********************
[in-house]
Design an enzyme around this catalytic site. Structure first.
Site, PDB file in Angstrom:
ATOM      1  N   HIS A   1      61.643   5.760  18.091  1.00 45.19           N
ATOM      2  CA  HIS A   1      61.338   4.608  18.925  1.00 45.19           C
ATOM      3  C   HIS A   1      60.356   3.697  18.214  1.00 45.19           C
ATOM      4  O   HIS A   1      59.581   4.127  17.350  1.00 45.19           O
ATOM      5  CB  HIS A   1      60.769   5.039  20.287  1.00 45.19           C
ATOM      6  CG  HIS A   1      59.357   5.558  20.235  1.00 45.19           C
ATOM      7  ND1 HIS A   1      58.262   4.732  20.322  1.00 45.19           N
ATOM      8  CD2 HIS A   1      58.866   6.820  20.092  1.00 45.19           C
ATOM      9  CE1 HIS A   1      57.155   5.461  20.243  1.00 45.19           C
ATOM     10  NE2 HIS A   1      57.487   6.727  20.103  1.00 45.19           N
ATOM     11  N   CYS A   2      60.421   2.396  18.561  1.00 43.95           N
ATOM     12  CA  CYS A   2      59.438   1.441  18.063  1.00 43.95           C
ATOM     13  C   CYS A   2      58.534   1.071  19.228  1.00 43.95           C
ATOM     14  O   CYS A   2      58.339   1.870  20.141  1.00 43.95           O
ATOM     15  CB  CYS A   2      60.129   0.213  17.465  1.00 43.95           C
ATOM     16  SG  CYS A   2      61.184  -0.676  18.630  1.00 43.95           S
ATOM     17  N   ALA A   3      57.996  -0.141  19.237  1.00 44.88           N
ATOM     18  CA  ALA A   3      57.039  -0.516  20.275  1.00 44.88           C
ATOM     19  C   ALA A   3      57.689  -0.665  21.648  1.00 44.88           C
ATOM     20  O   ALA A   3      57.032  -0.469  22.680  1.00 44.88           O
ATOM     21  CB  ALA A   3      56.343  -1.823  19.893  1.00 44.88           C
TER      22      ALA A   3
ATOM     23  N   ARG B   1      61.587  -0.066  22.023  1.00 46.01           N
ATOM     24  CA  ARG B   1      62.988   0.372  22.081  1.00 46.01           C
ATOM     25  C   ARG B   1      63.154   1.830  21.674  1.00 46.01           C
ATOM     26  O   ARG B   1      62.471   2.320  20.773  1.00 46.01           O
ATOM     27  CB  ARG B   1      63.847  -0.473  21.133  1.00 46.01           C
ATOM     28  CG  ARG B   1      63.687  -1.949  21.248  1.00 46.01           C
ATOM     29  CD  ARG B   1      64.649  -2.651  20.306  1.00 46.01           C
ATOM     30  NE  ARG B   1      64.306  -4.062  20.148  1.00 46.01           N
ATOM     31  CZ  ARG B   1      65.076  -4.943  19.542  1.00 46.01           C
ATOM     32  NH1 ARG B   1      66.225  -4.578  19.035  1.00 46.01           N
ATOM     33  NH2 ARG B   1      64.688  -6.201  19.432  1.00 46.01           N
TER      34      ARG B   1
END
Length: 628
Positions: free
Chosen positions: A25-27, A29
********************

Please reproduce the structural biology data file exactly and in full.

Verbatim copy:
[in-house]
Design an enzyme around this catalytic site. Structure first.
Site, PDB file in Angstrom:
ATOM      1  N   HIS A   1      61.643   5.760  18.091  1.00 45.19           N
ATOM      2  CA  HIS A   1      61.338   4.608  18.925  1.00 45.19           C
ATOM      3  C   HIS A   1      60.356   3.697  18.214  1.00 45.19           C
ATOM      4  O   HIS A   1      59.581   4.127  17.350  1.00 45.19           O
ATOM      5  CB  HIS A   1      60.769   5.039  20.287  1.00 45.19           C
ATOM      6  CG  HIS A   1      59.357   5.558  20.235  1.00 45.19           C
ATOM      7  ND1 HIS A   1      58.262   4.732  20.322  1.00 45.19           N
ATOM      8  CD2 HIS A   1      58.866   6.820  20.092  1.00 45.19           C
ATOM      9  CE1 HIS A   1      57.155   5.461  20.243  1.00 45.19           C
ATOM     10  NE2 HIS A   1      57.487   6.727  20.103  1.00 45.19           N
ATOM     11  N   CYS A   2      60.421   2.396  18.561  1.00 43.95           N
ATOM     12  CA  CYS A   2      59.438   1.441  18.063  1.00 43.95           C
ATOM     13  C   CYS A   2      58.534   1.071  19.228  1.00 43.95           C
ATOM     14  O   CYS A   2      58.339   1.870  20.141  1.00 43.95           O
ATOM     15  CB  CYS A   2      60.129   0.213  17.465  1.00 43.95           C
ATOM     16  SG  CYS A   2      61.184  -0.676  18.630  1.00 43.95           S
ATOM     17  N   ALA A   3      57.996  -0.141  19.237  1.00 44.88           N
ATOM     18  CA  ALA A   3      57.039  -0.516  20.275  1.00 44.88           C
ATOM     19  C   ALA A   3      57.689  -0.665  21.648  1.00 44.88           C
ATOM     20  O   ALA A   3      57.032  -0.469  22.680  1.00 44.88           O
ATOM     21  CB  ALA A   3      56.343  -1.823  19.893  1.00 44.88           C
TER      22      ALA A   3
ATOM     23  N   ARG B   1      61.587  -0.066  22.023  1.00 46.01           N
ATOM     24  CA  ARG B   1      62.988   0.372  22.081  1.00 46.01           C
ATOM     25  C   ARG B   1      63.154   1.830  21.674  1.00 46.01           C
ATOM     26  O   ARG B   1      62.471   2.320  20.773  1.00 46.01           O
ATOM     27  CB  ARG B   1      63.847  -0.473  21.133  1.00 46.01           C
ATOM     28  CG  ARG B   1      63.687  -1.949  21.248  1.00 46.01           C
ATOM     29  CD  ARG B   1      64.649  -2.651  20.306  1.00 46.01           C
ATOM     30  NE  ARG B   1      64.306  -4.062  20.148  1.00 46.01           N
ATOM     31  CZ  ARG B   1      65.076  -4.943  19.542  1.00 46.01           C
ATOM     32  NH1 ARG B   1      66.225  -4.578  19.035  1.00 46.01           N
ATOM     33  NH2 ARG B   1      64.688  -6.201  19.432  1.00 46.01           N
TER      34      ARG B   1
END
Length: 628
Positions: free
Chosen positions: A25-27, A29